Years passed, dozens of letters exchanged, then came a phone call that would change the dynamic of our penship forever. On February 7th, 2005, Carnival Monday of that year, while I walked near the Queen's Park Savannah with my mom and Aunt Jenny, Linzi's mom Jean called to find out if October of that year would be a good time for them to come over. Amidst the noise of steelpan and music trucks I gave them the all clear. Thus the countdown to them coming over began.

On October 15th, 2005 I'm sure that the entire Piarco International Airport heard Linzi and me scream as we hugged each other in complete shock, disbelief and euphoria. This trip had been 7 years in the making. We went to Maracas beach in the day. I tried to get her to eat a bake and shark, but that wasn't happening lol,;and then roller skating back when there was a skating rink in San Fernando. Linzi and I spent our time together just talking, sharing, catching up, the whole lot. They left to go back to Tobago on my birthday, but a few days later I flew over to the sister isle to spend time with them before their departure.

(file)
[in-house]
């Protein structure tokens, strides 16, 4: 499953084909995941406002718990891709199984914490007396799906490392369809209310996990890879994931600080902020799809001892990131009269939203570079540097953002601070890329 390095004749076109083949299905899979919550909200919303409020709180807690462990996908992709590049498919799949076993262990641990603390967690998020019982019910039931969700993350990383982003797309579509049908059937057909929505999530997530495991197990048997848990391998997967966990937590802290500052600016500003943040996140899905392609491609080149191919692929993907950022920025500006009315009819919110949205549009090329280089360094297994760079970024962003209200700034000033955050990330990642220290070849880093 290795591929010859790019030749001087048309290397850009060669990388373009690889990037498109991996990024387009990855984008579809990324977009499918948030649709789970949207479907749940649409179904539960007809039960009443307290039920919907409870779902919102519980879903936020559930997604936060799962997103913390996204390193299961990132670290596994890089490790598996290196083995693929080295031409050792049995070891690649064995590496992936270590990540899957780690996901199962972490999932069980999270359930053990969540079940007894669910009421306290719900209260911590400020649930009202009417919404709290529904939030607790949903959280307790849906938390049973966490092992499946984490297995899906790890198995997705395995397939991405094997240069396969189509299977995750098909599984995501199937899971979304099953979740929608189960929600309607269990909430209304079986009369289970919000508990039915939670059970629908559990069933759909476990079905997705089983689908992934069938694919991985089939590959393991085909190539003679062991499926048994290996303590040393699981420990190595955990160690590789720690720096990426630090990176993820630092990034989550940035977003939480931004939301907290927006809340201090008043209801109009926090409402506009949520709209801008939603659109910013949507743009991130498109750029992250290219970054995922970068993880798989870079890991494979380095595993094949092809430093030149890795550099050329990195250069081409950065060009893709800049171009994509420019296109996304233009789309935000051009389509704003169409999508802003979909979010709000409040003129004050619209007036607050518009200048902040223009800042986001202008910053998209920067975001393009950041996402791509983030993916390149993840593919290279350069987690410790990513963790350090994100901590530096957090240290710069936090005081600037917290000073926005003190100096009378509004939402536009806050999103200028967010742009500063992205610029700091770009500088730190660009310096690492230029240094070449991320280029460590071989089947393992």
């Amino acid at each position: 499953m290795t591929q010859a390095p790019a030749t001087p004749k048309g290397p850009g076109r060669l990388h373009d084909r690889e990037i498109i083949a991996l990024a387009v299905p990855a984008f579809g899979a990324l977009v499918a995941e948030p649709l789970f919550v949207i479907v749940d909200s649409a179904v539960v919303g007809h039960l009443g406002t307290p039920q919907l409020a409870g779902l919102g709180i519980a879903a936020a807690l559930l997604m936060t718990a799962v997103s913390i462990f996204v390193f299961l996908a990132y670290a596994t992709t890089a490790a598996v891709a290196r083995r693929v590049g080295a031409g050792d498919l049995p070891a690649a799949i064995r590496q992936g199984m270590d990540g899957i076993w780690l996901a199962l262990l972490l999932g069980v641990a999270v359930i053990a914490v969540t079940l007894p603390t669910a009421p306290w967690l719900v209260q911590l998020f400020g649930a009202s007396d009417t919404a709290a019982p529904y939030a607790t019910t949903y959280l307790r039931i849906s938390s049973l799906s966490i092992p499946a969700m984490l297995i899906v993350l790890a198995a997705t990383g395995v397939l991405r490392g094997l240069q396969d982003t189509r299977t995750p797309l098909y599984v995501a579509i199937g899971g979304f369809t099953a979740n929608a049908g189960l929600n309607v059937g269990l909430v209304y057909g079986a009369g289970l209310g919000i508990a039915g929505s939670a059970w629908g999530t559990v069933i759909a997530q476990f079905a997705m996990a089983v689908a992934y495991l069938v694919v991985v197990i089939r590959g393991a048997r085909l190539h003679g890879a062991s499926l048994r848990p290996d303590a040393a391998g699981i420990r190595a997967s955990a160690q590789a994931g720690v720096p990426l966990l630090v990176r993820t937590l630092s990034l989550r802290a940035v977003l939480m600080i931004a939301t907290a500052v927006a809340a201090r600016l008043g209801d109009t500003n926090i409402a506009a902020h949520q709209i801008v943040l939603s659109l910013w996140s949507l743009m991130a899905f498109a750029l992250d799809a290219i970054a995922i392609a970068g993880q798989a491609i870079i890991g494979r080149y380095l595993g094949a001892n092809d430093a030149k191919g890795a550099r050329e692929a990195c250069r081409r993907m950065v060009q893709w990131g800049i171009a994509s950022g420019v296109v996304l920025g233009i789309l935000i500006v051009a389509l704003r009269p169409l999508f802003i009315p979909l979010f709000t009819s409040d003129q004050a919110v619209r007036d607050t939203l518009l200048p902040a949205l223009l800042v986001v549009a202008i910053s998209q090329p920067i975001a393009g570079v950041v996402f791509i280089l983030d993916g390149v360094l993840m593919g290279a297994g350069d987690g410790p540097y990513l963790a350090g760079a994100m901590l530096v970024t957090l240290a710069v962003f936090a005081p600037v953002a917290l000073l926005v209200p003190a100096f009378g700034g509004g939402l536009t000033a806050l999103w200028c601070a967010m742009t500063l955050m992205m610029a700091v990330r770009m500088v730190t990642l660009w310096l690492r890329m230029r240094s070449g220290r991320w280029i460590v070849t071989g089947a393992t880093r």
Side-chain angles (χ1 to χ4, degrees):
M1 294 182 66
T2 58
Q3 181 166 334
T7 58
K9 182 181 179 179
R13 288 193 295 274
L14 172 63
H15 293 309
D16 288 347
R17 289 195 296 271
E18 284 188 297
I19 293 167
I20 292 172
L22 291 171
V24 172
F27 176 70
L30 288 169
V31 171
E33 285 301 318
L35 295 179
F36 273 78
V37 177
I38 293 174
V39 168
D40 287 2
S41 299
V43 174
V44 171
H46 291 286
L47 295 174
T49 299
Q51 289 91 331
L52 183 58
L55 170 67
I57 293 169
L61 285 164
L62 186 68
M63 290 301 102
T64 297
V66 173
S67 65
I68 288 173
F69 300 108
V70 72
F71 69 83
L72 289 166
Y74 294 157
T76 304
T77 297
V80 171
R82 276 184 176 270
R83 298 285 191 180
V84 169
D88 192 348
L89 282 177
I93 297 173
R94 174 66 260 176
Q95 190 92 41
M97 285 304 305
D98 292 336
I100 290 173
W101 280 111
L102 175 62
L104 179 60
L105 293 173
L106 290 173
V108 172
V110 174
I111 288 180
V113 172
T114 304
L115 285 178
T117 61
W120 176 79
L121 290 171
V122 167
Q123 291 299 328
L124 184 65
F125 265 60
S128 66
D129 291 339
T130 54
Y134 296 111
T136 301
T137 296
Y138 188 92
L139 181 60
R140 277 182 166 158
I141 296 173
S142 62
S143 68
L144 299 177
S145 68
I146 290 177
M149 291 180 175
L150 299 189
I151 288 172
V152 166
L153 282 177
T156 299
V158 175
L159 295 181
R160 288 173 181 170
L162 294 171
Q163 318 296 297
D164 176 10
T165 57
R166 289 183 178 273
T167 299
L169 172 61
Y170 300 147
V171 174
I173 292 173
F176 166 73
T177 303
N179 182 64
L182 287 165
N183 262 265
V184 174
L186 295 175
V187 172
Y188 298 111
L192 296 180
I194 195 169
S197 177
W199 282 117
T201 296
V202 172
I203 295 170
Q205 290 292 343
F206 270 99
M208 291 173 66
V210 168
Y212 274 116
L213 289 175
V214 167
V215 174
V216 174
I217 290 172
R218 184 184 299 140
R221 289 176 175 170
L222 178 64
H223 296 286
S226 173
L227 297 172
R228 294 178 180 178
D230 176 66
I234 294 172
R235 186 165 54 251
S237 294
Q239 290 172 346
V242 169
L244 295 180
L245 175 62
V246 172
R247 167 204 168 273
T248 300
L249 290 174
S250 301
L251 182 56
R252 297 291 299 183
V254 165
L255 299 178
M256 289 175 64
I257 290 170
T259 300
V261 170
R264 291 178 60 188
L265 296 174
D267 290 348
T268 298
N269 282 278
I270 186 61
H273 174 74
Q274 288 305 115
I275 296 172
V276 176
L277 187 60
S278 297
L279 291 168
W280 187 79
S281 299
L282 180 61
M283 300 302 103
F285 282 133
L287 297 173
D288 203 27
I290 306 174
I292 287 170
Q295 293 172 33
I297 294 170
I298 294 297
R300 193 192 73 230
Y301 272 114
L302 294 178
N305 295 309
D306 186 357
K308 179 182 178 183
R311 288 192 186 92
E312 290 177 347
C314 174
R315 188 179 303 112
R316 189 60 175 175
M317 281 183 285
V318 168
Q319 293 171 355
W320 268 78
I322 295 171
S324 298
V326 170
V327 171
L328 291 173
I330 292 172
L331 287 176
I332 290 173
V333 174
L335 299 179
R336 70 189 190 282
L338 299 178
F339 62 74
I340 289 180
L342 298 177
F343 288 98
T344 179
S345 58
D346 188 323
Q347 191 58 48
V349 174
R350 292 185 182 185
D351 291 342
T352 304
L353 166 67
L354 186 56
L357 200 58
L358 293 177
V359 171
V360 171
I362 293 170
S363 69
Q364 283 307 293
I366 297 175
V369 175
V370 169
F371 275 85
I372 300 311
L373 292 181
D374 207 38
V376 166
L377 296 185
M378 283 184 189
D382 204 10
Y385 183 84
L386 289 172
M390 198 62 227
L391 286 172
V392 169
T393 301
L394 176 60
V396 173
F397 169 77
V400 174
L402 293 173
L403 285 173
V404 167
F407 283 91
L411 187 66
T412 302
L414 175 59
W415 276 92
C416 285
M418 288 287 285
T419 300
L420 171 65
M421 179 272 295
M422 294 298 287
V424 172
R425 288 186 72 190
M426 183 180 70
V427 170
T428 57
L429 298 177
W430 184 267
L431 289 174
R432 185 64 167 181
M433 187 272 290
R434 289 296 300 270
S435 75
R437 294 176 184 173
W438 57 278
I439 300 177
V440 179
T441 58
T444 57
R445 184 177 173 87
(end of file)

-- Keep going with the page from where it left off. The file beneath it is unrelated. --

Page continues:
Sadly, I had another commitment for part of my birthday, so I missed this, but still, our time spent together was amazing!
I remember Jean commenting on how similar our mannerisms were, and that Linzi pretty much ended up with another sister and extended family. I couldn't agree more. That trip solidified that our penship, was more than a friendship. Our families would forever be intertwined.

An old blurry Skype screen grab.